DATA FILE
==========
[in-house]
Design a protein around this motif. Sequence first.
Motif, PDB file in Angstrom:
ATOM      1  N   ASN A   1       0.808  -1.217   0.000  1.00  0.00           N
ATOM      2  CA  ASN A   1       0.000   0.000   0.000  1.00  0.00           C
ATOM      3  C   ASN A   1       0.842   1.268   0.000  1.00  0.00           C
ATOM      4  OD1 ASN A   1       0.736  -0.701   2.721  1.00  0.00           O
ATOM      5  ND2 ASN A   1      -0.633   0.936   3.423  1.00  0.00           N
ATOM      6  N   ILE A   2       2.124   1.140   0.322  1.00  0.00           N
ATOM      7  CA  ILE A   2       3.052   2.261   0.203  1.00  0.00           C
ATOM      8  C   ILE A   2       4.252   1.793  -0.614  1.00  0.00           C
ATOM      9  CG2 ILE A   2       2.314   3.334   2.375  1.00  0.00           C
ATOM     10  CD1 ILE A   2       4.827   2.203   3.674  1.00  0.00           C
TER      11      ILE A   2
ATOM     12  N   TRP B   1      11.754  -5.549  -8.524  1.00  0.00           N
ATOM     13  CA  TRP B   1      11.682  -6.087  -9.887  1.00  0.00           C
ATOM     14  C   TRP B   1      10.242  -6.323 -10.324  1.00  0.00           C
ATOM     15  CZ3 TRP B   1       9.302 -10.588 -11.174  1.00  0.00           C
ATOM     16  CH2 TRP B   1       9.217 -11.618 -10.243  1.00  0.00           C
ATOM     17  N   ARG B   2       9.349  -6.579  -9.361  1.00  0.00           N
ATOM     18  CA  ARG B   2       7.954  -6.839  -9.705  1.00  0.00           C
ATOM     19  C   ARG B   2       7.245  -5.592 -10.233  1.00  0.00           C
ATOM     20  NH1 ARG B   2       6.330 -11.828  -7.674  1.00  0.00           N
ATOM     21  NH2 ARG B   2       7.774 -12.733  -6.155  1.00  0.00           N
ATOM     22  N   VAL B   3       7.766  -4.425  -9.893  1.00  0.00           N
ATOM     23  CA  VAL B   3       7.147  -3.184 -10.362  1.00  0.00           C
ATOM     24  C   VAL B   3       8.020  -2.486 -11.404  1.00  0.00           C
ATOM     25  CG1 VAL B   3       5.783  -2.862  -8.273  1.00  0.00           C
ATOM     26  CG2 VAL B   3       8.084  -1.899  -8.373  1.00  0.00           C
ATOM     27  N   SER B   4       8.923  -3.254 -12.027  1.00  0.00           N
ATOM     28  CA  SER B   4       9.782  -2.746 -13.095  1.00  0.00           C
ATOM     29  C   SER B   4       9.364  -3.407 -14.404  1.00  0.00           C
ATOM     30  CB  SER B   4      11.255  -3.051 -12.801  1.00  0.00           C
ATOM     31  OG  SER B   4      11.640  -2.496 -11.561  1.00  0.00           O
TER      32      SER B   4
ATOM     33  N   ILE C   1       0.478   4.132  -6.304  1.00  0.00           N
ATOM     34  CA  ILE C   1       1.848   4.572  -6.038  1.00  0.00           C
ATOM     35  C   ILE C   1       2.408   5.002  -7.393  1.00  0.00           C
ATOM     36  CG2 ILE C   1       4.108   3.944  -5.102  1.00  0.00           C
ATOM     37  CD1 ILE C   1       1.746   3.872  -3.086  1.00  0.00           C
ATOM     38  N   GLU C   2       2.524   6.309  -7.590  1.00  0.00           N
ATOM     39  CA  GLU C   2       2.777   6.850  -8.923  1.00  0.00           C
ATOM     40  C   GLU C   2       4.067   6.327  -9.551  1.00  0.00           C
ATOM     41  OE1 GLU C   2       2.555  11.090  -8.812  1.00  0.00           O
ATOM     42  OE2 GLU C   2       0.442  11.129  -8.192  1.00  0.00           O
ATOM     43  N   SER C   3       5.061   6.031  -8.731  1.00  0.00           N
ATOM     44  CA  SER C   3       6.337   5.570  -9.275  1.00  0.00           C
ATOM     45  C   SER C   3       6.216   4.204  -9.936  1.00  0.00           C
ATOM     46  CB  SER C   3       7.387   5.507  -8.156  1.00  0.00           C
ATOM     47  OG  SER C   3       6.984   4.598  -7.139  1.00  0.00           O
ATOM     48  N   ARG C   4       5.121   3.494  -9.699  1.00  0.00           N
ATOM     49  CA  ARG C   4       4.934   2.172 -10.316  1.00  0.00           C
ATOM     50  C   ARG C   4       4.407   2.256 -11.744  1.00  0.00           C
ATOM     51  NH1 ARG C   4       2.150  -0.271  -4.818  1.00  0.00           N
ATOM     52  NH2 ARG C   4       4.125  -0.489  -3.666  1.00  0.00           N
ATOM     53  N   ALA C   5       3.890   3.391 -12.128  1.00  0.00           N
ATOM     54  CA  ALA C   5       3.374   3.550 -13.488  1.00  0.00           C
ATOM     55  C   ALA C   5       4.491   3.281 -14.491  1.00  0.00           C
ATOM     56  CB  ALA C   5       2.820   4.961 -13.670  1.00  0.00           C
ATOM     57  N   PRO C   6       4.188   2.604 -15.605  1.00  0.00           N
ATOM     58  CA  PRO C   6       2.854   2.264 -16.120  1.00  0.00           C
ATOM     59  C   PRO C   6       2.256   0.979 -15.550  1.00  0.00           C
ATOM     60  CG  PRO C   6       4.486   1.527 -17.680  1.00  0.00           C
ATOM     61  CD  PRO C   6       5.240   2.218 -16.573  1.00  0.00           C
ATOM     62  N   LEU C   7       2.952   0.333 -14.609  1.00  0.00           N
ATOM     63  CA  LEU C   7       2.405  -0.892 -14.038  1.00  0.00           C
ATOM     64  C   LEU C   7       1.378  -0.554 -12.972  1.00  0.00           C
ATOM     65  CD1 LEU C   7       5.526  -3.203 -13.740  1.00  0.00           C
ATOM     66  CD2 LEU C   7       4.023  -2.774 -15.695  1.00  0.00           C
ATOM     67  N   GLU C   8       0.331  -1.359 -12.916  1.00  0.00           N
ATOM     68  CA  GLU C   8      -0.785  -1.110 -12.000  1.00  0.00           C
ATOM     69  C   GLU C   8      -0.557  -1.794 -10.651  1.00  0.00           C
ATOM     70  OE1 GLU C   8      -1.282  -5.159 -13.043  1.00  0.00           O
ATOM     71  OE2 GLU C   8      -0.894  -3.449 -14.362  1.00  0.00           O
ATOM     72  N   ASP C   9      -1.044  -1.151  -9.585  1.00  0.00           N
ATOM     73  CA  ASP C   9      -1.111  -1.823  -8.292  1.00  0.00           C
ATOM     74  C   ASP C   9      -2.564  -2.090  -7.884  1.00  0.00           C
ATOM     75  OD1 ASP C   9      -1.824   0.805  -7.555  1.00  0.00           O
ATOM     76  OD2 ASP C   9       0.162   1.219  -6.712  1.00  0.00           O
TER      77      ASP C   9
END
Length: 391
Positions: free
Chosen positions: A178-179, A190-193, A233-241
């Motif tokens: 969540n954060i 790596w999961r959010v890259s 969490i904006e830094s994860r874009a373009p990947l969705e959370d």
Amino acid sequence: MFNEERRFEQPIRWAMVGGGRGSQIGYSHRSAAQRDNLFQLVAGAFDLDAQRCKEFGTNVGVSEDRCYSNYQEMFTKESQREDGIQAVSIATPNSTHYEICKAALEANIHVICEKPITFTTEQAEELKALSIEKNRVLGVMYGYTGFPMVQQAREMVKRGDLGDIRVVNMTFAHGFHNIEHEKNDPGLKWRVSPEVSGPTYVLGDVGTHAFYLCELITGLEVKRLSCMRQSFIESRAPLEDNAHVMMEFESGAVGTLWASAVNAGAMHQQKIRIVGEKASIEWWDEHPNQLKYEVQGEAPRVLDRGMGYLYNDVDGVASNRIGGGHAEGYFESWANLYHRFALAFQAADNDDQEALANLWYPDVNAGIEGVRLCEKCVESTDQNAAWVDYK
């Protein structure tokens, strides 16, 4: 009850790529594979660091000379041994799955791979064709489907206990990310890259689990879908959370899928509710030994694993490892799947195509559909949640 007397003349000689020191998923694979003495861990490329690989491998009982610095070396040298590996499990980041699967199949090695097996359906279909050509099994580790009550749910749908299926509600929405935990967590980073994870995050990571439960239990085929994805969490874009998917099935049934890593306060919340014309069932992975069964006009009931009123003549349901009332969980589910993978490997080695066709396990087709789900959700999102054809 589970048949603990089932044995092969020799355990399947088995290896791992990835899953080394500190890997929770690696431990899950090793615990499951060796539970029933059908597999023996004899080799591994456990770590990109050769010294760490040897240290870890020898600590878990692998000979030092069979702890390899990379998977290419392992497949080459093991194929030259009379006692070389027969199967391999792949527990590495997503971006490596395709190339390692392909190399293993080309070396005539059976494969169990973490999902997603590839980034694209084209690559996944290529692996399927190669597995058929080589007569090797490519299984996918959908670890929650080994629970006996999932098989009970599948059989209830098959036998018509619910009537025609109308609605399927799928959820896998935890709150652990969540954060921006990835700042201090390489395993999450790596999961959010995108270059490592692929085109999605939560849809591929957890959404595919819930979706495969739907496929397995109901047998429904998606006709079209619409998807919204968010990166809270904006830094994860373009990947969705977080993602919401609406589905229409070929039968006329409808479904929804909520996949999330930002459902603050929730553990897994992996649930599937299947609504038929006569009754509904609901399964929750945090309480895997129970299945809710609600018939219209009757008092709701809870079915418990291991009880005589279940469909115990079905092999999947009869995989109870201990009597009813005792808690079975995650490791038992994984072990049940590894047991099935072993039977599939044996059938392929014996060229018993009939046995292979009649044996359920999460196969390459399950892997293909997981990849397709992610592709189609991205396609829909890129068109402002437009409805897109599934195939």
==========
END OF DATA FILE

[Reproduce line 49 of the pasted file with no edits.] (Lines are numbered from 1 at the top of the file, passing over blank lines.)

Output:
ATOM     46  CB  SER C   3       7.387   5.507  -8.156  1.00  0.00           C